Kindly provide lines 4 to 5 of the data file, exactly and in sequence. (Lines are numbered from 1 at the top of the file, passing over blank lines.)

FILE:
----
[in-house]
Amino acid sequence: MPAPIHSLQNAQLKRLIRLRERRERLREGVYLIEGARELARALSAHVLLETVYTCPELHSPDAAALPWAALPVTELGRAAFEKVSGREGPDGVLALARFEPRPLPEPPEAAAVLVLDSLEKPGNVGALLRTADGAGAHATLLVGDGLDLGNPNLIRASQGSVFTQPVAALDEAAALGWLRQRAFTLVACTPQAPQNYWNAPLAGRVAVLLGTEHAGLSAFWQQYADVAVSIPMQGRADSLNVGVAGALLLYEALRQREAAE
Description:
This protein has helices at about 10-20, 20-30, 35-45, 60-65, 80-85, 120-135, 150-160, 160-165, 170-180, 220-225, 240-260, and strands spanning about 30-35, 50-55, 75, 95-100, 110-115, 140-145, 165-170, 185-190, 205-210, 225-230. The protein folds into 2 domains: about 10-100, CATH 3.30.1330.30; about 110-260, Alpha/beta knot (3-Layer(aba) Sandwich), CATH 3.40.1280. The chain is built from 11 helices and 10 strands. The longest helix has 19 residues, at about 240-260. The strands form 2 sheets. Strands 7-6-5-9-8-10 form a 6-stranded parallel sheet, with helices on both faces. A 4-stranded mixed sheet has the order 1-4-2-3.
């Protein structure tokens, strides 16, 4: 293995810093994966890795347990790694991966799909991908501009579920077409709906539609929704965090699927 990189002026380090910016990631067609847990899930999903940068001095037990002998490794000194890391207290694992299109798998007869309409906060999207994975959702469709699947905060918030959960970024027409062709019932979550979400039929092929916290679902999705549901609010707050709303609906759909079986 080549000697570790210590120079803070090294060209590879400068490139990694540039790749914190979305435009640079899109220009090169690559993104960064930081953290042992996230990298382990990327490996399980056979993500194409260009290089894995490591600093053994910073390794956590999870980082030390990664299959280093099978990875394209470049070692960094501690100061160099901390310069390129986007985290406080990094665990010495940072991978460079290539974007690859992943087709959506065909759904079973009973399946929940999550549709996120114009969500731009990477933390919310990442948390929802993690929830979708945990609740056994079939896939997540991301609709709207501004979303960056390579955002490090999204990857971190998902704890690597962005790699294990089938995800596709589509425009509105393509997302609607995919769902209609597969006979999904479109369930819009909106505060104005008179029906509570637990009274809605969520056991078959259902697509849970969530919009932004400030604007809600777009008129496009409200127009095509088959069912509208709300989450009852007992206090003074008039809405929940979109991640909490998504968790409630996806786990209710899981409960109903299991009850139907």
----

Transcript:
This protein has helices at about 10-20, 20-30, 35-45, 60-65, 80-85, 120-135, 150-160, 160-165, 170-180, 220-225, 240-260, and strands spanning about 30-35, 50-55, 75, 95-100, 110-115, 140-145, 165-170, 185-190, 205-210, 225-230. The protein folds into 2 domains: about 10-100, CATH 3.30.1330.30; about 110-260, Alpha/beta knot (3-Layer(aba) Sandwich), CATH 3.40.1280. The chain is built from 11 helices and 10 strands. The longest helix has 19 residues, at about 240-260. The strands form 2 sheets. Strands 7-6-5-9-8-10 form a 6-stranded parallel sheet, with helices on both faces. A 4-stranded mixed sheet has the order 1-4-2-3.
């Protein structure tokens, strides 16, 4: 293995810093994966890795347990790694991966799909991908501009579920077409709906539609929704965090699927 990189002026380090910016990631067609847990899930999903940068001095037990002998490794000194890391207290694992299109798998007869309409906060999207994975959702469709699947905060918030959960970024027409062709019932979550979400039929092929916290679902999705549901609010707050709303609906759909079986 080549000697570790210590120079803070090294060209590879400068490139990694540039790749914190979305435009640079899109220009090169690559993104960064930081953290042992996230990298382990990327490996399980056979993500194409260009290089894995490591600093053994910073390794956590999870980082030390990664299959280093099978990875394209470049070692960094501690100061160099901390310069390129986007985290406080990094665990010495940072991978460079290539974007690859992943087709959506065909759904079973009973399946929940999550549709996120114009969500731009990477933390919310990442948390929802993690929830979708945990609740056994079939896939997540991301609709709207501004979303960056390579955002490090999204990857971190998902704890690597962005790699294990089938995800596709589509425009509105393509997302609607995919769902209609597969006979999904479109369930819009909106505060104005008179029906509570637990009274809605969520056991078959259902697509849970969530919009932004400030604007809600777009008129496009409200127009095509088959069912509208709300989450009852007992206090003074008039809405929940979109991640909490998504968790409630996806786990209710899981409960109903299991009850139907």